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anonymous
 one year ago
Solve the system graphically and algebrically
anonymous
 one year ago
Solve the system graphically and algebrically

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anonymous
 one year ago
Best ResponseYou've already chosen the best response.0You're looking for x and y?

anonymous
 one year ago
Best ResponseYou've already chosen the best response.0Okay, well I believe you are because it says solve. There are two options here. Do you want the easy way or the harder way? (They aren't always easy versus hard, it just happens that one is a lot simpler in this instance)

anonymous
 one year ago
Best ResponseYou've already chosen the best response.0Okay for the easy way in this instance, we will go with substitution. Do you know what that is?

anonymous
 one year ago
Best ResponseYou've already chosen the best response.0Okay so use substitution by plugging in what the second equation gives you for "y" into the first equation. It should look like this: \[x+2/3x4=1\] You can solve this because it is one variable.

anonymous
 one year ago
Best ResponseYou've already chosen the best response.0I'm not sure where you got one from. Step one: add 4 to both sides. You get: \[x+2/3x=5\]

anonymous
 one year ago
Best ResponseYou've already chosen the best response.0Step two: combine like terms. You get:\[5/3x=5\]

anonymous
 one year ago
Best ResponseYou've already chosen the best response.0Do you get it so far?

anonymous
 one year ago
Best ResponseYou've already chosen the best response.0Step three: multiply each side by three (to get rid of the denominator): \[5x=15\]

anonymous
 one year ago
Best ResponseYou've already chosen the best response.0Correct. Now, plug in what you just found for "x" into the first equation. Your equation should look like this now: \[3+y=1\]

anonymous
 one year ago
Best ResponseYou've already chosen the best response.0ok:) Now what do we do?

anonymous
 one year ago
Best ResponseYou've already chosen the best response.0Solve for "y" can you do that part by yourself?

anonymous
 one year ago
Best ResponseYou've already chosen the best response.0i suppose. Is it y=3x1?

anonymous
 one year ago
Best ResponseYou've already chosen the best response.0Nope. You plugged in an "x" for no reason. From your equation 3+y=1, all you have to do is subtract 3 from each side. You end up with: \[y=2\]

phi
 one year ago
Best ResponseYou've already chosen the best response.0btw the question asks Solve the system graphically and algebarically it wants you to solve this problem both ways.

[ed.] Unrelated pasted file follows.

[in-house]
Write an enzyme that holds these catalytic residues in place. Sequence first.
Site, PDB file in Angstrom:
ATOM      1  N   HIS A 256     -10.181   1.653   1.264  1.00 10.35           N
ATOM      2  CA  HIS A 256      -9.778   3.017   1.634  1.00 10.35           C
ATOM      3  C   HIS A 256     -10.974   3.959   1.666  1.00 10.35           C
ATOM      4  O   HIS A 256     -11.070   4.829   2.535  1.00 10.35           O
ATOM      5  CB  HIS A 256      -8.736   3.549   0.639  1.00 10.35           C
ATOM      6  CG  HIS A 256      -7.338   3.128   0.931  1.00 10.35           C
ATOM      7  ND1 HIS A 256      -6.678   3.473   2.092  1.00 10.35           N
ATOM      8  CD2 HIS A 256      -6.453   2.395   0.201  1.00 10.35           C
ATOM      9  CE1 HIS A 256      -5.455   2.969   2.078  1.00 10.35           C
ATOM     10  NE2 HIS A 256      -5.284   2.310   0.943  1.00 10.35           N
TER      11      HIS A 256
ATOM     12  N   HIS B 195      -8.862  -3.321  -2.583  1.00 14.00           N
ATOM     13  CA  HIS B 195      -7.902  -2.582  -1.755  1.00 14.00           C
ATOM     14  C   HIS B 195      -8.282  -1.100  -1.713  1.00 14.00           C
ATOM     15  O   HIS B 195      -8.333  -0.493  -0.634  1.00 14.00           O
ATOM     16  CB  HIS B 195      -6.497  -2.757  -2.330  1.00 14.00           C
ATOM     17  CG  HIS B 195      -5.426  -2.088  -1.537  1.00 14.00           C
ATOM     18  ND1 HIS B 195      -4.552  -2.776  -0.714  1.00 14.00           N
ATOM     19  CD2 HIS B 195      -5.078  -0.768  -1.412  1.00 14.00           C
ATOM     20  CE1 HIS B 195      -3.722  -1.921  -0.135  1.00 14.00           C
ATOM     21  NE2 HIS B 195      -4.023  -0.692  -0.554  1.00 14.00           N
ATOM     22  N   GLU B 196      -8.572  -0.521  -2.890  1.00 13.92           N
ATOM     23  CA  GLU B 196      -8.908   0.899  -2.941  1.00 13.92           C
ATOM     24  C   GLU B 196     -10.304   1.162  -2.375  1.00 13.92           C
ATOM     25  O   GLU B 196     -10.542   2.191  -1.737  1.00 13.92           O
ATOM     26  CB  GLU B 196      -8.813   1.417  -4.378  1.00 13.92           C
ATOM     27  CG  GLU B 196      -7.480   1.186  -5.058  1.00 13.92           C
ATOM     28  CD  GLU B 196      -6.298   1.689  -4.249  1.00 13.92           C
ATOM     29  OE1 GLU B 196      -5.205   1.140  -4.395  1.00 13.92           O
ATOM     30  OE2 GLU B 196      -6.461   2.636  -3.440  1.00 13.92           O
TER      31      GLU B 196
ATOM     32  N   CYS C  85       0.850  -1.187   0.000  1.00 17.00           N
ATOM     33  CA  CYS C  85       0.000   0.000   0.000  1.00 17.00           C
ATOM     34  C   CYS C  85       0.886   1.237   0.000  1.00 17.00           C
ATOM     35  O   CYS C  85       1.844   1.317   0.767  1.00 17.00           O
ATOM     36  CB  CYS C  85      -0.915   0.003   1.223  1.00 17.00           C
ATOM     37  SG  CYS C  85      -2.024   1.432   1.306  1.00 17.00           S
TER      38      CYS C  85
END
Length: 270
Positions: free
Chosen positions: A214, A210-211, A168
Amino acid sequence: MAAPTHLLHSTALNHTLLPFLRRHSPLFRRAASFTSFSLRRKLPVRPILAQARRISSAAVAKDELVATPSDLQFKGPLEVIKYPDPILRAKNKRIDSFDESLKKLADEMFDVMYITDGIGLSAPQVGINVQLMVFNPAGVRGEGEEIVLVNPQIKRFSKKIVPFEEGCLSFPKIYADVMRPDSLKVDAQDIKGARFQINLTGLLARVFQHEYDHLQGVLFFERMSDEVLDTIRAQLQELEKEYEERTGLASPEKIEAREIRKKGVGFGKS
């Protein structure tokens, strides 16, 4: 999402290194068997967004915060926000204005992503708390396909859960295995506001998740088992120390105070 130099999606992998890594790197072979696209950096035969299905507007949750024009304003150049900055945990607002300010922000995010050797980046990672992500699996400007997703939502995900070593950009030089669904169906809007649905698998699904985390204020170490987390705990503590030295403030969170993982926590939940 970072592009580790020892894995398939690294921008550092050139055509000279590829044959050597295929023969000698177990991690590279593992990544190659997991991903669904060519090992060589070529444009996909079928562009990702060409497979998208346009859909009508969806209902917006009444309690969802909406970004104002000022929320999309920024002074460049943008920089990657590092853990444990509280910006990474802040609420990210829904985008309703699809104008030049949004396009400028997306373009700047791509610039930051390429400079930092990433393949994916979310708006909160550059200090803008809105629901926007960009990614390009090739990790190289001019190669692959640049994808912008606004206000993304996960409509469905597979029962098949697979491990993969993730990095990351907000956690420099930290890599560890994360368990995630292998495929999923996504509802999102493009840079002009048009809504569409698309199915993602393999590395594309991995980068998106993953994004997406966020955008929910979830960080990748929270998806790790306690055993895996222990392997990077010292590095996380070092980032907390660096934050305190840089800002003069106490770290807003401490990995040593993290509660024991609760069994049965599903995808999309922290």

anonymous
 one year ago
Best ResponseYou've already chosen the best response.0Okay so now we know that you have x=3 and y=2. I don't have any way to graph it myself, but I plugged this into wolfram alpha so look at this graph: http://www.wolframalpha.com/input/?i=x%2By%3D1%2C+y%3D%282%2F3%29x4

anonymous
 one year ago
Best ResponseYou've already chosen the best response.0Thank you! So, we solved it graphically, what would be the 'algebracially' part?

anonymous
 one year ago
Best ResponseYou've already chosen the best response.0Well, since we found x=3 and y=2, we can (if you want) turn it into a coordinate. I'm not sure if that's what your question wants, but based on the fact you need to graph it also, then turn it into a coordinate. It'll be (3,2)

anonymous
 one year ago
Best ResponseYou've already chosen the best response.0I'm guessing that your problem also wants you to graph the two equations.

anonymous
 one year ago
Best ResponseYou've already chosen the best response.0But that would be your answer.

anonymous
 one year ago
Best ResponseYou've already chosen the best response.0tHANKS<3 Can I ask another??

anonymous
 one year ago
Best ResponseYou've already chosen the best response.0Sure but I'm not sure if I'll be able to answer everything.

anonymous
 one year ago
Best ResponseYou've already chosen the best response.0dw:1439058745006:dw Solve and graph

anonymous
 one year ago
Best ResponseYou've already chosen the best response.0Let me see what I can do, give me a second. I might be able to help, but maybe not.

anonymous
 one year ago
Best ResponseYou've already chosen the best response.0ok,if not, we can always call @phi lol

anonymous
 one year ago
Best ResponseYou've already chosen the best response.0Yeah I'm sorry I kinda remember how to do this, but I'm not sure enough to help you. I don't want you to get it wrong.

anonymous
 one year ago
Best ResponseYou've already chosen the best response.0it's cool :) Thanks anywayss

anonymous
 one year ago
Best ResponseYou've already chosen the best response.0No problem. Good luck!

phi
 one year ago
Best ResponseYou've already chosen the best response.0\[x1 3 \le 1 \] first add (write) +3 on both sides
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